One such commitment was to build a new hospital in Corner Brook, first promised by the Williams Government in 2007.

Eight years later, the people of Corner Brook essentially have a $40 million dog park. The same goes for the Waterford Hospital in St. John’s, a facility promised to us by this government the entire time they have been at the helm. They have us broke, remember, so no money for a modern, humane mental health facility for Newfoundlanders and Labradorians.

Talk about failing the people when it comes to basic social needs and basic human dignity.

One can surely say the same for Her Majesty’s Penitentiary, another deplorable 19th century relic. I thought we were supposed to see a new prison under construction by now, given it was announced two years ago.

This is yet another instance of needed infrastructure on hold because this government blew our money and, what’s more, has instead earmarked billions for that hydroelectric project in Labrador.

The monies allocated to Nalcor, primarily for this controversial dam (including $760 million this fiscal year), seem to be the monies that should have gone towards the three critical pieces of infrastructure noted here.

Where is the money going?

It is painfully evident that our money is not going toward critical infrastructure. And it is painfully evident that, despite running big deficits and increasing our debt instead of promising us a decade ago to tackle it, this government continues to designate huge sums of taxpayers’ money to Nalcor.

This government also has a history of being fond of corporate welfare, to the tune of many millions. For instance, in June, RSA Insurance received a $6.5 million forgivable loan from this government to assist them in creating jobs in the capital city.

While job creation is a positive, seeing this government hand out almost $7 million to a nationally successful insurance company as we bleed red ink everywhere is optically bad, at the very least. Perceptibly, RSA Insurance only came here—as there was competition for this new office—because our government had a forgivable loan to hand them.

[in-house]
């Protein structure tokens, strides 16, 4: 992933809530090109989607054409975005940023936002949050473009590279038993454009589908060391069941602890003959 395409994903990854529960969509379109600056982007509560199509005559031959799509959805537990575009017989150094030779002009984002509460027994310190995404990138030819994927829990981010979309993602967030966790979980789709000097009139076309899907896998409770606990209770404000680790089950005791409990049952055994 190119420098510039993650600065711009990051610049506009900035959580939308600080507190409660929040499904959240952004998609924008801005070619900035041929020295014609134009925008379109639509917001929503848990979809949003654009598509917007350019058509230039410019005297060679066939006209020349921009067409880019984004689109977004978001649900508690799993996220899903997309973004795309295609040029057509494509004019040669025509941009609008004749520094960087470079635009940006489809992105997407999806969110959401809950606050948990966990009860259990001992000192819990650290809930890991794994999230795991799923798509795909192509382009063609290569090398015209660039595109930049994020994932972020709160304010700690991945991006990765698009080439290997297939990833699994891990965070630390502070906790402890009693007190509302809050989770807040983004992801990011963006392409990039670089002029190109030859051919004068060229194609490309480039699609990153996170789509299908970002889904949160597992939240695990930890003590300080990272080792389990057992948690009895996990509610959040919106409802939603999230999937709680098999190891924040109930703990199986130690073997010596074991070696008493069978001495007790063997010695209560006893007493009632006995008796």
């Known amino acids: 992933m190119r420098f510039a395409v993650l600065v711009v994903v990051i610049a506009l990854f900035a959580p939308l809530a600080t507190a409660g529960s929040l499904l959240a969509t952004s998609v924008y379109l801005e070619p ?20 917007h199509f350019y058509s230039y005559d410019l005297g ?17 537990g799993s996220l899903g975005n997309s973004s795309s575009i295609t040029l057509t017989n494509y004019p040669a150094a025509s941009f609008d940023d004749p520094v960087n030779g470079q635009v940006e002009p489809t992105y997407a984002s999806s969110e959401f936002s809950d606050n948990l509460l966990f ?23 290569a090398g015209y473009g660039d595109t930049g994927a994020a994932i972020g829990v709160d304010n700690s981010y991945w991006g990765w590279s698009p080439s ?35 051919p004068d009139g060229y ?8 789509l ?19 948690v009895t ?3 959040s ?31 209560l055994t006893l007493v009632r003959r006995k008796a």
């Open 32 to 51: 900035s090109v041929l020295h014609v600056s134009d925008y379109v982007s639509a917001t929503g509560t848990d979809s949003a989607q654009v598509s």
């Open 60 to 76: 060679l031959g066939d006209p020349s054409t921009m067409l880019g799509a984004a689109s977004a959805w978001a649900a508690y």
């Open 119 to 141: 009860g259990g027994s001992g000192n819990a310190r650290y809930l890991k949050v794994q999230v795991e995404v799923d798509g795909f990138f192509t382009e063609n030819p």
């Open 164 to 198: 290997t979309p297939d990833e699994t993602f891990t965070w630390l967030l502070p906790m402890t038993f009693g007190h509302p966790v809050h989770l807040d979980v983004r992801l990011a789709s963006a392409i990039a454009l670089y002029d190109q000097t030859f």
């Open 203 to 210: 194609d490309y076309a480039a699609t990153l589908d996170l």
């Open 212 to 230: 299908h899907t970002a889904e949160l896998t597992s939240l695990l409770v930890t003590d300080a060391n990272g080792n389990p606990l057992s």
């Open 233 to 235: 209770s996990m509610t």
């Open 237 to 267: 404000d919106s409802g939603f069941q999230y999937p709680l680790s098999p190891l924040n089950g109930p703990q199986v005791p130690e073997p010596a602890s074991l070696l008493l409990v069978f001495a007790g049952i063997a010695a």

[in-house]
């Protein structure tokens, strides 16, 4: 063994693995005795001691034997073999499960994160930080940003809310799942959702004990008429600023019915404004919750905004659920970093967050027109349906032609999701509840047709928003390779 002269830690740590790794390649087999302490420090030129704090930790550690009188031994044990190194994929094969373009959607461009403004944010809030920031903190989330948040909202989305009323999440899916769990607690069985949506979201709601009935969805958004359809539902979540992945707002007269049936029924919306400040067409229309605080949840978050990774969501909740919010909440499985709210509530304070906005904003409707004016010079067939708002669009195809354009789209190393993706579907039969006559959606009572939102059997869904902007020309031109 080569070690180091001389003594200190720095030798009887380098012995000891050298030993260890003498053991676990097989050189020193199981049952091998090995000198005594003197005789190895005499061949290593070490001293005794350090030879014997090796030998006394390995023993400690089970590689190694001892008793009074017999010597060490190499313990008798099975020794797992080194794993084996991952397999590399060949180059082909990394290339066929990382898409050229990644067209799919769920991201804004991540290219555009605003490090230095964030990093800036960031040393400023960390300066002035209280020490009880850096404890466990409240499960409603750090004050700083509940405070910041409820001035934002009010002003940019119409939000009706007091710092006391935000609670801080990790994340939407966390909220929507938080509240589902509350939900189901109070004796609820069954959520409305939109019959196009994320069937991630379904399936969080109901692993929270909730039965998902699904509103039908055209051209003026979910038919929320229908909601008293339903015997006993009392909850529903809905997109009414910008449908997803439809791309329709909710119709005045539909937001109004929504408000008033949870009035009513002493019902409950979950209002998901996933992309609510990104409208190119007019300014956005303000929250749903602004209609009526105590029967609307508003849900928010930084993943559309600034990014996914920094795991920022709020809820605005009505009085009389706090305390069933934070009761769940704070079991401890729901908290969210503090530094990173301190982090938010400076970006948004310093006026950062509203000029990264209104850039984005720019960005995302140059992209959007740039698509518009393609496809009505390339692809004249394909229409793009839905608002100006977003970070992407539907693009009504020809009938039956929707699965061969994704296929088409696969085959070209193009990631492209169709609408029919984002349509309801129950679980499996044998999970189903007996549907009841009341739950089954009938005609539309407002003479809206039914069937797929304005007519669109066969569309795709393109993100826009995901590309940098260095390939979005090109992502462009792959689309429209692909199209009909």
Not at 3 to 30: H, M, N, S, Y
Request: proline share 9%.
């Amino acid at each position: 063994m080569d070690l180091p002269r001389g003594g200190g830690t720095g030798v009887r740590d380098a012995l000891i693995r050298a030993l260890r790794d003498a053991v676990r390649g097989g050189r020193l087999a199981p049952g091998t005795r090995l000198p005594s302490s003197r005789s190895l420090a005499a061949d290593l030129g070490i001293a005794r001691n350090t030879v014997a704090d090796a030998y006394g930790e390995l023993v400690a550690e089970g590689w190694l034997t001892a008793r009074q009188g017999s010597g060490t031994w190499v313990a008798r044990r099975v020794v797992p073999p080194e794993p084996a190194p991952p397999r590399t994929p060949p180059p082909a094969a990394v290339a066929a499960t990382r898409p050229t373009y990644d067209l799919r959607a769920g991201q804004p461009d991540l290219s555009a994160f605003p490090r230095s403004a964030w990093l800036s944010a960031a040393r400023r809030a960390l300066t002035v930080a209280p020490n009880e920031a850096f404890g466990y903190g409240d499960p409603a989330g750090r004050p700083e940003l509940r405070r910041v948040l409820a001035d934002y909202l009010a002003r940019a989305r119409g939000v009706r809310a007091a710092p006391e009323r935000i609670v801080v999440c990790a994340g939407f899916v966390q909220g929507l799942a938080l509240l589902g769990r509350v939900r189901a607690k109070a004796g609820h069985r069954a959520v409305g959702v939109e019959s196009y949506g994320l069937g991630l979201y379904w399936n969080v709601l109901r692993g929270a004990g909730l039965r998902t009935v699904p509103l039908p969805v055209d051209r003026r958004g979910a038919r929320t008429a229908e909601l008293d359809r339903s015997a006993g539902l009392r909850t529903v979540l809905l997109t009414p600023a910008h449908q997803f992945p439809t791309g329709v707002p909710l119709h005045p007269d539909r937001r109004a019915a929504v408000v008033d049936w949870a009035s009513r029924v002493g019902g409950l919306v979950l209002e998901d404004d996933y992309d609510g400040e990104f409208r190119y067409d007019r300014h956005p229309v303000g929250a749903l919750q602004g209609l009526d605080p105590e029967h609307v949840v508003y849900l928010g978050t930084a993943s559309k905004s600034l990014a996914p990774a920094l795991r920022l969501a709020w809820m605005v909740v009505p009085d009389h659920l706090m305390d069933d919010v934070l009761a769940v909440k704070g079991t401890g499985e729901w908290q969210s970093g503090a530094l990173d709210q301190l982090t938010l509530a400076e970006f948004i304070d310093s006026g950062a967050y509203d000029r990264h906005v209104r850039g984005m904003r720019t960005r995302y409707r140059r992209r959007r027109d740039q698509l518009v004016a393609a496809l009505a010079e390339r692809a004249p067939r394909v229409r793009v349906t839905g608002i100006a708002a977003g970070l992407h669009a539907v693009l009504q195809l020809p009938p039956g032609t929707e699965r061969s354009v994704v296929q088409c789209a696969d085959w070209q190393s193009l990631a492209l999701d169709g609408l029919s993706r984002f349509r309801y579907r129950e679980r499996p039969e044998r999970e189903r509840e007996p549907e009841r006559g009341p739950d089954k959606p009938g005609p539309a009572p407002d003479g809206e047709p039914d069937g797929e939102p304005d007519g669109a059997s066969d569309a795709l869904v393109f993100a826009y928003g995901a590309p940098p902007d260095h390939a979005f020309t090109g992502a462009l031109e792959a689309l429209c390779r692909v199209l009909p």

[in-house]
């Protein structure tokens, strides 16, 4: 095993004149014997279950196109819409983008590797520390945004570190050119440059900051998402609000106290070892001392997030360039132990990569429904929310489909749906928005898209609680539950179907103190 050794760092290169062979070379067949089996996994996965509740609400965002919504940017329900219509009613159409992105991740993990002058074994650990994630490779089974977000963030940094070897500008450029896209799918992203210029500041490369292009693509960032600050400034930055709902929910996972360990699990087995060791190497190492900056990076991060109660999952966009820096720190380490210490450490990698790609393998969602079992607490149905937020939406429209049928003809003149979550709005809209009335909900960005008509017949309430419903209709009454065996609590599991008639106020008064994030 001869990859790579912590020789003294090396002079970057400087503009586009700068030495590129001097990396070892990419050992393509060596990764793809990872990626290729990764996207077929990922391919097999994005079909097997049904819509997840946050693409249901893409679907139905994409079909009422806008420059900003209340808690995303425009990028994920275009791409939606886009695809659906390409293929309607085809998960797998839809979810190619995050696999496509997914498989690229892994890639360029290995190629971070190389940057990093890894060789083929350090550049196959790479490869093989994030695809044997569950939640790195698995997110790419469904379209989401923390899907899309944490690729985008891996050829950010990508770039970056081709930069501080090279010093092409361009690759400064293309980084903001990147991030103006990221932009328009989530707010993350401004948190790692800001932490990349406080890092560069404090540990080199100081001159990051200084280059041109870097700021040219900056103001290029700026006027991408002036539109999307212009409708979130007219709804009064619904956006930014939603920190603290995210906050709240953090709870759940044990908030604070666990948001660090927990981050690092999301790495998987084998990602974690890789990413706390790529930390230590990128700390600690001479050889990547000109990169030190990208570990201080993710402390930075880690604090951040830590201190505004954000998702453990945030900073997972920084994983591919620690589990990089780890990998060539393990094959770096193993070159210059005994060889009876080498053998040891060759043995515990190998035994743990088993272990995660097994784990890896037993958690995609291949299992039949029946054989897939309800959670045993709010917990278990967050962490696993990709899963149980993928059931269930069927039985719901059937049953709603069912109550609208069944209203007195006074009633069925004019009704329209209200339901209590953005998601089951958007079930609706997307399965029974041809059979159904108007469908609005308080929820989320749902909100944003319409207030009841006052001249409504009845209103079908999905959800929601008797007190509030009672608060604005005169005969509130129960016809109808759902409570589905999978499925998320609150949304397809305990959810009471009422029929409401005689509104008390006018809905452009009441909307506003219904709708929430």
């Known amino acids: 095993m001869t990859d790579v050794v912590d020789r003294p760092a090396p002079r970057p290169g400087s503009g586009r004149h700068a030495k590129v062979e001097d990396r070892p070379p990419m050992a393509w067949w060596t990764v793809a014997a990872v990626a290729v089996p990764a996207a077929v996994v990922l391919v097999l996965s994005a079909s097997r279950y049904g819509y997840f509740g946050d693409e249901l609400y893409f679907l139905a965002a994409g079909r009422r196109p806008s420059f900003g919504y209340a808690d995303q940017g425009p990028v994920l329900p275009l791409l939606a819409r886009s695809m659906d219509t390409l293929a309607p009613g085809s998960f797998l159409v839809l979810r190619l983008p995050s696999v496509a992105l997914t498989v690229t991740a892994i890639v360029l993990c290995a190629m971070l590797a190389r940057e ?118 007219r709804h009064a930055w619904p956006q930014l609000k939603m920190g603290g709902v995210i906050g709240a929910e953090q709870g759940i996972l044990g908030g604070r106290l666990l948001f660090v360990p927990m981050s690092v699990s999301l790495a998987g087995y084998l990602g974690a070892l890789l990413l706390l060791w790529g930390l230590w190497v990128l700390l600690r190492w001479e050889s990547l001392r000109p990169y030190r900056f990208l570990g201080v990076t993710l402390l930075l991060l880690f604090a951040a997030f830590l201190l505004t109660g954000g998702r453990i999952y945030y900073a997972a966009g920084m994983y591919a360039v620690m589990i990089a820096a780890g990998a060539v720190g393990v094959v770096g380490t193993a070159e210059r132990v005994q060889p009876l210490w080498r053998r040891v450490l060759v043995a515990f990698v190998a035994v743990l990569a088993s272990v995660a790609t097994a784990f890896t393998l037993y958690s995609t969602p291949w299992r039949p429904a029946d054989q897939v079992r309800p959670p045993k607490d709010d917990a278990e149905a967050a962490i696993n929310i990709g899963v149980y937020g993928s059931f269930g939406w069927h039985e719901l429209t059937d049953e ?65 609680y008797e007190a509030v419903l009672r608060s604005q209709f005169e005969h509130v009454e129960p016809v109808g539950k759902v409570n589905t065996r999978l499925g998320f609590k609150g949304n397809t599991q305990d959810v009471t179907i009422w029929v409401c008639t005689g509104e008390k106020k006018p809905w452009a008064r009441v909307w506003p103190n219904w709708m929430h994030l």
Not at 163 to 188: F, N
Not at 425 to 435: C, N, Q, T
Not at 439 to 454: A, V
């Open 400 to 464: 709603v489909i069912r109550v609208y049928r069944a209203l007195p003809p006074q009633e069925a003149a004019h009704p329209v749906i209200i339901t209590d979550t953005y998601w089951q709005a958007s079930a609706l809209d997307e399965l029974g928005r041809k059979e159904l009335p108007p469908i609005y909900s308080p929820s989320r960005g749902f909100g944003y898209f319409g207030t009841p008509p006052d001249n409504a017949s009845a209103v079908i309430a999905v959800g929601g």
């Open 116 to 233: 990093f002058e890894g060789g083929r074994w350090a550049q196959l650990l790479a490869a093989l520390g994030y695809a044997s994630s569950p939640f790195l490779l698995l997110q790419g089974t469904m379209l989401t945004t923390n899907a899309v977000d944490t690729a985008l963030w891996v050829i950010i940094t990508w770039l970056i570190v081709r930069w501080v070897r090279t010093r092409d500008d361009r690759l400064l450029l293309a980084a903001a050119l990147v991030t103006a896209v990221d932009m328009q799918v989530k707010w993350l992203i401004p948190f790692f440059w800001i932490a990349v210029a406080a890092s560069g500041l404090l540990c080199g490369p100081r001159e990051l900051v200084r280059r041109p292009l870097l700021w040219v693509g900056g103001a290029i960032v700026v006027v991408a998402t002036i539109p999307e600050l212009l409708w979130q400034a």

Their corporate agenda—primarily their energy file—has been prioritized over the social needs of Newfoundlanders and Labradorians.

And in these lean fiscal times, this government has no shame in launching glossy ad campaigns, such as the current $500,000 “Home for Good” campaign, feel-good election-style ads encouraging us to stay in Newfoundland and Labrador.

This is part of their rather flimsy Population Growth Strategy, if not also part of their re-election bid.

As CBC reported in June, we are also seeing money allotted towards vague initiatives such as “promoting the province, encouraging families to stay in the province, and fostering a good environment for newcomers”. Is this the best use of the $30 million allocated for these “policies” and “plans”?

This government — past and present — has hardly shown fiscal prudence and responsible stewardship of our money, including our one-time oil revenues.

Especially those.

The people of this province need to be aware of just how precarious a fiscal state this Progressive Conservative Government has placed us in, under four premiers in only 12 years.

Their corporate agenda—primarily their energy file—has been prioritized over the social needs of Newfoundlanders and Labradorians. This is clear, and the numbers confirm it.

There is no more critical time for voters to recognize, if they have not already, the damage this PC Government has inflicted on our province. Surely, giving these folks another shot after wreaking such havoc on our finances is not something the people of this province are apt to do.

At least I hope not.